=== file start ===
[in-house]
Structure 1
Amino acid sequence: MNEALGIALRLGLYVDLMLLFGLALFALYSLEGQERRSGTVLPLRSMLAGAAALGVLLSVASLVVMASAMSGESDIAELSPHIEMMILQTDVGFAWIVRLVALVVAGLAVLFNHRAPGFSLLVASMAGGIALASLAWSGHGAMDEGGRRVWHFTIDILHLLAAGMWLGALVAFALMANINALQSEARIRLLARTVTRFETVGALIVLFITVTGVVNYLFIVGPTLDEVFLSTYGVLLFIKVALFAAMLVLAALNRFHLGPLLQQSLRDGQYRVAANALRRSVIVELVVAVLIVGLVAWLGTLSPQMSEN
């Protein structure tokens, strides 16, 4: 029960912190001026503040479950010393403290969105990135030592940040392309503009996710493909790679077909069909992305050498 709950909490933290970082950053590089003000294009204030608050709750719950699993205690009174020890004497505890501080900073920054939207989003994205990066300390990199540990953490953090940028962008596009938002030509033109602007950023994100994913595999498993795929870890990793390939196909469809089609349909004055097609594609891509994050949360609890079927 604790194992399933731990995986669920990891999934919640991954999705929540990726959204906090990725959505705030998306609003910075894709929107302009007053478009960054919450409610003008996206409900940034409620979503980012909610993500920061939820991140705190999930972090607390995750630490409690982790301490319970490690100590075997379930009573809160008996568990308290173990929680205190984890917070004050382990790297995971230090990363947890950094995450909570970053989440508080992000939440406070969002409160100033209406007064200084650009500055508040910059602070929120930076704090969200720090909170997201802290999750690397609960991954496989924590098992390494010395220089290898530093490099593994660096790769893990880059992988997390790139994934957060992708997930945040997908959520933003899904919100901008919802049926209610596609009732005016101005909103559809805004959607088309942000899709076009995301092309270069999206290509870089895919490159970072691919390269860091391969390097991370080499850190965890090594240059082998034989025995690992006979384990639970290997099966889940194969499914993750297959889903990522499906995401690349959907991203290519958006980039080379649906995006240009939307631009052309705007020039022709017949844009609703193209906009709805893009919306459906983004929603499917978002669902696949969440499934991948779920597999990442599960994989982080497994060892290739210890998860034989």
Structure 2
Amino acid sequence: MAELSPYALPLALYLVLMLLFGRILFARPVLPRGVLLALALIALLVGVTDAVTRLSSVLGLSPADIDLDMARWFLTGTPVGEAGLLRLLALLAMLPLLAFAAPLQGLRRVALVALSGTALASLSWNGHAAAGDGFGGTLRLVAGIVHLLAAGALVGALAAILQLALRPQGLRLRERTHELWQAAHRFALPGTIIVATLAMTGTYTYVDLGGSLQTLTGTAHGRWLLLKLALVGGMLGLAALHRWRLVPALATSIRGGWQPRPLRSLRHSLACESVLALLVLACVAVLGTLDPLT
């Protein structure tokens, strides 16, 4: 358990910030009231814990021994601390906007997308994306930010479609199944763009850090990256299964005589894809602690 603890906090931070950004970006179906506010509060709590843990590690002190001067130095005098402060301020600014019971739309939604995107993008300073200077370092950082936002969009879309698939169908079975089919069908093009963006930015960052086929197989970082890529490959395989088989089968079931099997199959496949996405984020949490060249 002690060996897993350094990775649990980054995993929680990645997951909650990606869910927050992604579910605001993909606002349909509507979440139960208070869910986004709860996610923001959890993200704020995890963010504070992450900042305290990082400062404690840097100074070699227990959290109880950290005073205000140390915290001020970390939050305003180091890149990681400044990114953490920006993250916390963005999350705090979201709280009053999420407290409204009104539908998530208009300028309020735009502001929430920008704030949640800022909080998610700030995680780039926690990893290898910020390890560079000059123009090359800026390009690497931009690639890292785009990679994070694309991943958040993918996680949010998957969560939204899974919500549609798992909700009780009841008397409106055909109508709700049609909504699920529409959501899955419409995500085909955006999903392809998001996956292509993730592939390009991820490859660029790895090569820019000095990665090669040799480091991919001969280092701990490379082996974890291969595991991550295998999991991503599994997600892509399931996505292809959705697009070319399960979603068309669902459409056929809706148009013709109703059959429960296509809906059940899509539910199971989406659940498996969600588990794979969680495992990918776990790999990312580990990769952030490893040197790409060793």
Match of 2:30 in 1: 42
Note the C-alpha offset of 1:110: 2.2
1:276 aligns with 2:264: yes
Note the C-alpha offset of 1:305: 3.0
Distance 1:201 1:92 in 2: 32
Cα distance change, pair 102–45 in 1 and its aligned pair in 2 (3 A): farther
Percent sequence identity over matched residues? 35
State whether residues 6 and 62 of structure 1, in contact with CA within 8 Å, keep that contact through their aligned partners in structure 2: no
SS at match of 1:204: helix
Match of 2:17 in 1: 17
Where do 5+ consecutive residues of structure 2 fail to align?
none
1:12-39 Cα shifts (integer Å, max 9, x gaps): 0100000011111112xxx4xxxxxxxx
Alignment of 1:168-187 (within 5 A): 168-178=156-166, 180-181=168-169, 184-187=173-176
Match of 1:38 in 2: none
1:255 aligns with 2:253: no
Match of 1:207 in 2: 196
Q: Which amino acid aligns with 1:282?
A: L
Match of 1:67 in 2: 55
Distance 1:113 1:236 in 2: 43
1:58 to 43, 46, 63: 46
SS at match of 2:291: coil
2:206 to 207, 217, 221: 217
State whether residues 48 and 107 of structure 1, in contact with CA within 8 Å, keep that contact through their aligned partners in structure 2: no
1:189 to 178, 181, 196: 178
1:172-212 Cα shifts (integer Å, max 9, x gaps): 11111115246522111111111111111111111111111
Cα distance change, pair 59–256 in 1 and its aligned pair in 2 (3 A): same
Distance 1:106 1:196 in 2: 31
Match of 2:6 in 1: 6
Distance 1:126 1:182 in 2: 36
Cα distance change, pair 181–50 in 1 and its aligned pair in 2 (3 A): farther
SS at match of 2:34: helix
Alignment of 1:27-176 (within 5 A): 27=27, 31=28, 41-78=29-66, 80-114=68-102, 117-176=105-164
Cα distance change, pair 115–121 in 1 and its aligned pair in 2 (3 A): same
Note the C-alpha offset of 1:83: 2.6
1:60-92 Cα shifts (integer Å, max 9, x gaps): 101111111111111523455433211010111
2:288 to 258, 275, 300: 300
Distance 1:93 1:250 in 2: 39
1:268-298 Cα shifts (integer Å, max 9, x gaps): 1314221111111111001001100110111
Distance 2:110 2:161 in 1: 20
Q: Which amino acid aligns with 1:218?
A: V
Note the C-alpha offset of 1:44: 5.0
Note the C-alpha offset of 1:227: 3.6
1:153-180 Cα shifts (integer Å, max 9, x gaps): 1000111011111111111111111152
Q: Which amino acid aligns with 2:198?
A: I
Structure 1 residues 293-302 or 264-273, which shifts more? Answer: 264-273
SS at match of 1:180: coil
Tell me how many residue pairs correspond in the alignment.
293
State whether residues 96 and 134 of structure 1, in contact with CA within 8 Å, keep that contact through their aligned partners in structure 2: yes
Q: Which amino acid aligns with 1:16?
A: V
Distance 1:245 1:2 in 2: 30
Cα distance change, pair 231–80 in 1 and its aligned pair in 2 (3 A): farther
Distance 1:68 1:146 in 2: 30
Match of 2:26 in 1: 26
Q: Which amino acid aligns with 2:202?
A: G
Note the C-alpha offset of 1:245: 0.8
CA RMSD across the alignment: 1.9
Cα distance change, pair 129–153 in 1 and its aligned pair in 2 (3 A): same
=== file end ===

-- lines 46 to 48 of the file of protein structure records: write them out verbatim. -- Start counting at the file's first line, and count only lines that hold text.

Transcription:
Distance 1:93 1:250 in 2: 39
1:268-298 Cα shifts (integer Å, max 9, x gaps): 1314221111111111001001100110111
Distance 2:110 2:161 in 1: 20